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Canadian Space Agency's Timmins balloon base gets an upgrade

The Canadian Space Agency has been using Timmins airport as its base of operations to launch stratospheric balloons for over a decade – both monitor the atmosphere and test out new technology.

The agency’s balloon base has been in need of upgrades and Thursday it unveiled their new multi-million dollar facility.

The new $5 million facility will boost the capacity of the Canadian and French space agencies to facilitate balloon launches for scientists across the globe.

Experts told CTV News that Timmins has proven to be the best place in the country to test out new technologies and observe greenhouse gas levels in the upper atmosphere – using stratospheric balloons.

“Timmins is uniquely located for access to latitudes, with a population that’s concentrated in this area, so we can conduct these balloon launches,” said Canadian Space Agency president Lisa Campbell.

“But also, it’s the people, it’s the partnerships. The commitment that we see, that’s allowed us to have 10 successful years, with seven balloon campaigns and now we’re growing.”

The upgraded facility represents a joint investment from all levels of government.

Officials said they expect the facility to provide ample room for storing and tinkering with balloon gondolas and the technologies they will be lifting far above the clouds.

“We can welcome bigger teams around gondolas, so then we have fewer gondolas,” said Philippe Vincent, a mechanical engineer with the agency.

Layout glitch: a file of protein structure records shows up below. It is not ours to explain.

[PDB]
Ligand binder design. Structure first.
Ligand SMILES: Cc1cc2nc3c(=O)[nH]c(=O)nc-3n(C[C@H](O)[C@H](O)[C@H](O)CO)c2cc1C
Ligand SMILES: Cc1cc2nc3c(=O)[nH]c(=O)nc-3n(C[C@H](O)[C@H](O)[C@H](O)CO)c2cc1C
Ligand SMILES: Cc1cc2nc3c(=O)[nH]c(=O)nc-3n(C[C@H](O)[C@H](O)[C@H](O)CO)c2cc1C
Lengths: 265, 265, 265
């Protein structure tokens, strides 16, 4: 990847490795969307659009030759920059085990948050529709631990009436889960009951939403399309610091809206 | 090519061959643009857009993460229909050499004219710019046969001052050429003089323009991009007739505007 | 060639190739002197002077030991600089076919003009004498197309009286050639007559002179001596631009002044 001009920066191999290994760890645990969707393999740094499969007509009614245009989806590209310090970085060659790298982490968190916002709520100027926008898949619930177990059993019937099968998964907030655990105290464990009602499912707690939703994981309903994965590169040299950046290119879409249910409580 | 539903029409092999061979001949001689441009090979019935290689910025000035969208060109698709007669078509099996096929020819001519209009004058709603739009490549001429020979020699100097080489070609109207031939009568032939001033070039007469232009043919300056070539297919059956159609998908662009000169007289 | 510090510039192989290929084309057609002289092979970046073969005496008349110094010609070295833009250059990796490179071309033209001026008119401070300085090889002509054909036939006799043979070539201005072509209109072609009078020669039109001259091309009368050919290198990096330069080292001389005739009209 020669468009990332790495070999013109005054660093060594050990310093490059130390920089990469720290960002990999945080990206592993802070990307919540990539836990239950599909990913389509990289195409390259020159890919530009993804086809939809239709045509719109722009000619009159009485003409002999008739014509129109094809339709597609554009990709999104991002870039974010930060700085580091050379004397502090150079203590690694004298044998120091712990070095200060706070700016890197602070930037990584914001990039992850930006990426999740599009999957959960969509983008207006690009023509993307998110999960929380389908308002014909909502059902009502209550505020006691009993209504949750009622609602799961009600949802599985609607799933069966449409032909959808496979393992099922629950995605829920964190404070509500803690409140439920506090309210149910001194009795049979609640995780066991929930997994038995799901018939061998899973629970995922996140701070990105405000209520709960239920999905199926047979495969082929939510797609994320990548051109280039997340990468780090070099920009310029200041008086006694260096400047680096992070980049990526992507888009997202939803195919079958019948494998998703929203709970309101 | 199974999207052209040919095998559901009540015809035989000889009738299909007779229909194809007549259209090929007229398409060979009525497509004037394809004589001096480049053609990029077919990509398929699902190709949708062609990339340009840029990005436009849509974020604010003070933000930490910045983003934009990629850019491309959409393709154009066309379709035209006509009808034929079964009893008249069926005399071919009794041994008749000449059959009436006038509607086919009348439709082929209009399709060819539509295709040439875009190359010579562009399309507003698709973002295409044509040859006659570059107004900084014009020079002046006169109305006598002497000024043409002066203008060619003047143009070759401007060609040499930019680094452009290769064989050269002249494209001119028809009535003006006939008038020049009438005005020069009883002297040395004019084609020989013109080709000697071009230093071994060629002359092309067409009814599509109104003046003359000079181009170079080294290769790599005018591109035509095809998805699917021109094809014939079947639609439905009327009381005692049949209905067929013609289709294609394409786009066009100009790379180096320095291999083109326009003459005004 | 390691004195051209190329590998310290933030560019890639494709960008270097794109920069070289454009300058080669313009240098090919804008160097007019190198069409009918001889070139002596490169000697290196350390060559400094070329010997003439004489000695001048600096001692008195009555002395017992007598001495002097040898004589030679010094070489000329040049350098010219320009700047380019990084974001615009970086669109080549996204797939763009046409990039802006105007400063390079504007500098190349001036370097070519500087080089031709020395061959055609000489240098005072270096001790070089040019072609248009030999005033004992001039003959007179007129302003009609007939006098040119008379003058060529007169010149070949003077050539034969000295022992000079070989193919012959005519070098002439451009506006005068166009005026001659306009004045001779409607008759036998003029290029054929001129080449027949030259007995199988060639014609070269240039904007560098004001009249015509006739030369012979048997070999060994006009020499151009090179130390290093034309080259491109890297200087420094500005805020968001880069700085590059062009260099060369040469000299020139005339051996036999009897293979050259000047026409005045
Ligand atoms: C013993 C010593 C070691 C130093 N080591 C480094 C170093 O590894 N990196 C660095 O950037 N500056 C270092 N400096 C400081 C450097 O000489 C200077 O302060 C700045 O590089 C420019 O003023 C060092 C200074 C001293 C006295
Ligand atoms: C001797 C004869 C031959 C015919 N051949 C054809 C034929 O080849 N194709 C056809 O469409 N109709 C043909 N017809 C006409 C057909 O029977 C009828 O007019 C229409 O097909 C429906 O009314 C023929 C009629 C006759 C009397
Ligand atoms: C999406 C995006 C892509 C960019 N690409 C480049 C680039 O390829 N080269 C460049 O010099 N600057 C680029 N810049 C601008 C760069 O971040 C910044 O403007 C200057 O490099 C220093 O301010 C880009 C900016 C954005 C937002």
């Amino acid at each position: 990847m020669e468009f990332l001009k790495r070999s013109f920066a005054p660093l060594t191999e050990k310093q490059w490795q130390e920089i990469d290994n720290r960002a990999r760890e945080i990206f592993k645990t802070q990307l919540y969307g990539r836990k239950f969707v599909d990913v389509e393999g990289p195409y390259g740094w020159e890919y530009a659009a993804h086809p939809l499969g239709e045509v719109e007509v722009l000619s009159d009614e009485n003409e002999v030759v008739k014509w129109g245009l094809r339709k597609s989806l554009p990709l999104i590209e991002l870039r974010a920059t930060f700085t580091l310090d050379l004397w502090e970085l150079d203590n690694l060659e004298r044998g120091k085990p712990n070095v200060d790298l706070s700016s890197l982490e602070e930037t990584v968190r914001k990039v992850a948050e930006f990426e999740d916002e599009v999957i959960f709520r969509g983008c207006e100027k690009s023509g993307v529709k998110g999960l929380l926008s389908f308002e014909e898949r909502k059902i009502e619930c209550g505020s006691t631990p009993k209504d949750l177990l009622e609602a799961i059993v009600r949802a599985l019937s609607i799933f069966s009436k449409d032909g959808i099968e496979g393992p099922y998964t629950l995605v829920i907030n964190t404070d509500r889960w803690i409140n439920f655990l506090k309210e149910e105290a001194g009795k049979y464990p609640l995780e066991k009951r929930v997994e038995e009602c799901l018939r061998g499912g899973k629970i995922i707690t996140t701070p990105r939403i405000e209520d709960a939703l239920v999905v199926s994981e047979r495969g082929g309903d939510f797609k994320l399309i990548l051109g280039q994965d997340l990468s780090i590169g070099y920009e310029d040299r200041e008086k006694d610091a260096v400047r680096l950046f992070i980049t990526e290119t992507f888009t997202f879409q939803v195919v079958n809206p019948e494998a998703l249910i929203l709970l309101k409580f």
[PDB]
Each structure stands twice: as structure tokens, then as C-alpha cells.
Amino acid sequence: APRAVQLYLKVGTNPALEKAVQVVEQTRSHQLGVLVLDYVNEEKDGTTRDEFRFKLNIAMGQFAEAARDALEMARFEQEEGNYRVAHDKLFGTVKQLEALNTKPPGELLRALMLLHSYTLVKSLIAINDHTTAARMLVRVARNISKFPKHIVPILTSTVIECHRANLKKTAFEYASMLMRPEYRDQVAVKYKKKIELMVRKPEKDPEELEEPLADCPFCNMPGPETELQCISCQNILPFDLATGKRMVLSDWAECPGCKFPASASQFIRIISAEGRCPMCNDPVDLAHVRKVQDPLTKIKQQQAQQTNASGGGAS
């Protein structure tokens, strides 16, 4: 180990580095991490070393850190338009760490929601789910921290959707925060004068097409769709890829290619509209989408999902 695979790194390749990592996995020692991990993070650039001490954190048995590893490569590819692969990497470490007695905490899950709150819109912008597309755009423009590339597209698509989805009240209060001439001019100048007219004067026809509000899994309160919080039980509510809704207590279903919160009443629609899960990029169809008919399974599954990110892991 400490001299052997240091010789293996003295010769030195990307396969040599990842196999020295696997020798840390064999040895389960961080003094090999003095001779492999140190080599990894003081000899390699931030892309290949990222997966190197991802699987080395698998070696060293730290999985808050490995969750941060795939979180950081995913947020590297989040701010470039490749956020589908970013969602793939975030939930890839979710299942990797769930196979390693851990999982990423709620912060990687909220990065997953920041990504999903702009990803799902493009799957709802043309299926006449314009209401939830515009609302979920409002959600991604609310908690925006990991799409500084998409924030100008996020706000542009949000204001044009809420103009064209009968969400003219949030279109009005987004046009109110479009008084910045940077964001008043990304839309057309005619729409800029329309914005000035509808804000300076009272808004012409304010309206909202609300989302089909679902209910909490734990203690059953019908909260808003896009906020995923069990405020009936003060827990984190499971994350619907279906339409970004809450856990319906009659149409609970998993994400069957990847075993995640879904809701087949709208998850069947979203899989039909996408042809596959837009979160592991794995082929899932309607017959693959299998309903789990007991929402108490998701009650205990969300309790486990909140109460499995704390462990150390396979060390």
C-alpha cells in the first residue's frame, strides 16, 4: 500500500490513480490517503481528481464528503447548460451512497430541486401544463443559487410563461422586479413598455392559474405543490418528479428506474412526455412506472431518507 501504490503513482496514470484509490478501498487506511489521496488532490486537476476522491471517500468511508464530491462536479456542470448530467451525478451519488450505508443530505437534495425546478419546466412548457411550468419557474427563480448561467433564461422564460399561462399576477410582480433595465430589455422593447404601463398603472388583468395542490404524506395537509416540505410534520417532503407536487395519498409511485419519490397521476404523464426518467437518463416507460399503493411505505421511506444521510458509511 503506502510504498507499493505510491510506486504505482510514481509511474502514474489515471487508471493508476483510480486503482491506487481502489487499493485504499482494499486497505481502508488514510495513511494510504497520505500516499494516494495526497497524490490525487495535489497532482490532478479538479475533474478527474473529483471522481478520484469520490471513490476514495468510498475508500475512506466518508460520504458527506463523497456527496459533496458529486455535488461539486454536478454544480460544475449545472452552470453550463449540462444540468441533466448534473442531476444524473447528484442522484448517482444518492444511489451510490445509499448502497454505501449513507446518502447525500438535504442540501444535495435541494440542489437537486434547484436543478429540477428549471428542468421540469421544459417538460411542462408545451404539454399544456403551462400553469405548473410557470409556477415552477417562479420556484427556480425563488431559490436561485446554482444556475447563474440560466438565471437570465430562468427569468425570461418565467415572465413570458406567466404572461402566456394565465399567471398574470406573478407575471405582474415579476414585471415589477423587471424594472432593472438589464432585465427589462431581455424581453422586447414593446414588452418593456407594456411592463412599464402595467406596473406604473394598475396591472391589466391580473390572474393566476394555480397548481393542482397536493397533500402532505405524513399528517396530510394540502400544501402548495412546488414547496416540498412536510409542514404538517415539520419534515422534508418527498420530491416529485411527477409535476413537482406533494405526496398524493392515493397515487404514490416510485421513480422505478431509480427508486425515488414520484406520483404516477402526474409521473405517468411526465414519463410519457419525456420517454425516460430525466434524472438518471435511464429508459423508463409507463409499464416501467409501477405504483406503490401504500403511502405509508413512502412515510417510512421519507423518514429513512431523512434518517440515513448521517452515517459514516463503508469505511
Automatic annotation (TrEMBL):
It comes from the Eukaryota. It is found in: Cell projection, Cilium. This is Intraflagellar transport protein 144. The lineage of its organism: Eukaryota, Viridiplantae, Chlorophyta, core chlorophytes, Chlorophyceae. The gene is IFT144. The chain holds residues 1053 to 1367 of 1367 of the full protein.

“But if we would have smaller teams of scientists, we could double the capacity of the different gondolas that could host the different experiments.”

These gondolas can cost several million dollars and staff told CTV News they are actually much cheaper than other methods of studying the stars and the atmosphere.

The latest balloon campaign that recently launched is testing a sun-facing telescope, star trackers and equipment that studies the creation of the solar system.

Officials with the City of Timmins said the area is making a name for itself globally in several forms of science.

“Advancements in technology, in the mining sector, can benefit the space industry and vice versa,” said mayor Michelle Boileau.

“So, I think we’re well-poised to play a critical role in both.”

The new balloon base is even inspiring other country’s programs – with a team from Brazil in attendance for the ribbon cutting.

The site is used as both a testing ground for scientists and training ground for Canadian students. The base has facilitated around twenty-eight launches since 2012 – and staff said they expect that number to climb sky-high over the next decade. Top Stories

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